Section 3 of the War Powers Resolution requires the President "in every possible instance" to consult with Congress before introducing U.S. Armed Forces into situations of hostilities and imminent hostilities, and to continue consultations as long as the armed forces remain in such situations. The House report elaborated:
A considerable amount of attention was given to the definition of consultation. Rejected was the notion that consultation should be synonymous with merely being informed. Rather, consultation in this provision means that a decision is pending on a problem and that Members of Congress are being asked by the President for their advice and opinions and, in appropriate circumstances, their approval of action contemplated. Furthermore, for consultation to be meaningful, the President himself must participate and all information relevant to the situation must be made available.1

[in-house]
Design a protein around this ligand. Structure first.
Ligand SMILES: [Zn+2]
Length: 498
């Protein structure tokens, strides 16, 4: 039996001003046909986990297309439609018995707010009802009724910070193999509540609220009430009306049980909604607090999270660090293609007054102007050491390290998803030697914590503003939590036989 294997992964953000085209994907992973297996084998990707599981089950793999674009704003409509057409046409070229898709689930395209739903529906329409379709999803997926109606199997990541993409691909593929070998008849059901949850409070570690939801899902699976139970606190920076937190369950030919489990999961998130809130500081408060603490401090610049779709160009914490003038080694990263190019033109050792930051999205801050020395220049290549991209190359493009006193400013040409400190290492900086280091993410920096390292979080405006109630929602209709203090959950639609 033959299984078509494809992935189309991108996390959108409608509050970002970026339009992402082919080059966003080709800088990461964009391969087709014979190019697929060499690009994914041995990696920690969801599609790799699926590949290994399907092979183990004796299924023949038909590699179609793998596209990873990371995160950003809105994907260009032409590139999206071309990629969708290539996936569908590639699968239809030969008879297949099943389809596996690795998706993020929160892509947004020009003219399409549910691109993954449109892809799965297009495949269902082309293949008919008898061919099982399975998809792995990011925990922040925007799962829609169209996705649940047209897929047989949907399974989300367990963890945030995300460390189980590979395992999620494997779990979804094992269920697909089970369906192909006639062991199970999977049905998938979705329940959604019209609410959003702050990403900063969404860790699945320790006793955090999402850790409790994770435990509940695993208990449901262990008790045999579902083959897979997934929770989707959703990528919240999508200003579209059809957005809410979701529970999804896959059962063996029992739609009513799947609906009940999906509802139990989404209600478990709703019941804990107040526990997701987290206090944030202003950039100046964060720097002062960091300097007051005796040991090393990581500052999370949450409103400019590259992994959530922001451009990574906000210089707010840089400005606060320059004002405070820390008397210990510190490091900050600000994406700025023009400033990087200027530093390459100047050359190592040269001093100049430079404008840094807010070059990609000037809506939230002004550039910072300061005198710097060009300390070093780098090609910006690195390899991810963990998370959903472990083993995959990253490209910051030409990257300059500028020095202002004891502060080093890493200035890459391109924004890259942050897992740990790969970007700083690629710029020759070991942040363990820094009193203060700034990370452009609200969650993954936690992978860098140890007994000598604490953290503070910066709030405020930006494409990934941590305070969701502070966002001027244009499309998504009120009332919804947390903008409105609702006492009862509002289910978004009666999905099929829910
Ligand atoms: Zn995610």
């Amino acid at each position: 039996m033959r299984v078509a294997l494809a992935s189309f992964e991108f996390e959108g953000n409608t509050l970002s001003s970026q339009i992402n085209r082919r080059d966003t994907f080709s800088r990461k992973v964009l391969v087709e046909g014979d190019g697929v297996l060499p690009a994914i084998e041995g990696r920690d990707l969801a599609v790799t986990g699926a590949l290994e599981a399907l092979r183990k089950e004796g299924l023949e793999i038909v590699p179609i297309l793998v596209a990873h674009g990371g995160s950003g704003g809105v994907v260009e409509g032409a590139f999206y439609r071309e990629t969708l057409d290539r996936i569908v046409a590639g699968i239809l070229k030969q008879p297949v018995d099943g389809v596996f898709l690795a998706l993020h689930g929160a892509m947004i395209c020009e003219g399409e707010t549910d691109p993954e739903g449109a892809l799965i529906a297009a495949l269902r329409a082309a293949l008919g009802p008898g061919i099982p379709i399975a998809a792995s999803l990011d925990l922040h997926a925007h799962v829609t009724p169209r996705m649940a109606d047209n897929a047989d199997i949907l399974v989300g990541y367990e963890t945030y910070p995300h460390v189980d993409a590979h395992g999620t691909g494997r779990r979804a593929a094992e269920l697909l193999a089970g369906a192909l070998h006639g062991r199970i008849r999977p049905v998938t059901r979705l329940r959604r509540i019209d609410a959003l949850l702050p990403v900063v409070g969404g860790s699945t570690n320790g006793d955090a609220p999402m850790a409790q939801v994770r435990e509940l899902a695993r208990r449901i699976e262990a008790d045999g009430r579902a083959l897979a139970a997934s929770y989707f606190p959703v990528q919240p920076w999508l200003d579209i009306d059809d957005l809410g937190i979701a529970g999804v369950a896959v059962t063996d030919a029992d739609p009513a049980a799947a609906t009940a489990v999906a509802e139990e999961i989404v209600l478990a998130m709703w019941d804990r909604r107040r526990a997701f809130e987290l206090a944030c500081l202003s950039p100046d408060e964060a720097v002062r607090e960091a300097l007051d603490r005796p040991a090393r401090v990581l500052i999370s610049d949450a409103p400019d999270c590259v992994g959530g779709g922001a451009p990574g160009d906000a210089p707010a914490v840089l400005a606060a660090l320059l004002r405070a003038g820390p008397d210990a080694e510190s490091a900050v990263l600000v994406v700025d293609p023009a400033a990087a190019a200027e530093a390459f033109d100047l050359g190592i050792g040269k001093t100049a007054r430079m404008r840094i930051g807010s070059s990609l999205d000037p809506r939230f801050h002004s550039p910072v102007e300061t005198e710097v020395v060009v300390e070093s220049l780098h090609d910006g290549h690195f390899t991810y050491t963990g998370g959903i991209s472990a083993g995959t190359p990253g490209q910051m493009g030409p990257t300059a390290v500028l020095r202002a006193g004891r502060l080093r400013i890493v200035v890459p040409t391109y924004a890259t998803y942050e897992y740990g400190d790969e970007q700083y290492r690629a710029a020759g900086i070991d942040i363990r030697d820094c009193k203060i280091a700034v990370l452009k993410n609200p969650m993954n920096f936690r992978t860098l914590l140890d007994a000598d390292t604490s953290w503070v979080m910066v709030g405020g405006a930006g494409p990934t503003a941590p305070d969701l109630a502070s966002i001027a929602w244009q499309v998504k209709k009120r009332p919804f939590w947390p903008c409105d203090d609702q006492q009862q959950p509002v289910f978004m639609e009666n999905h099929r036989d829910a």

The House version specifically called for consultation between the President and the leadership and appropriate committees. This was changed to less specific wording in conference, however, in order to provide more flexibility.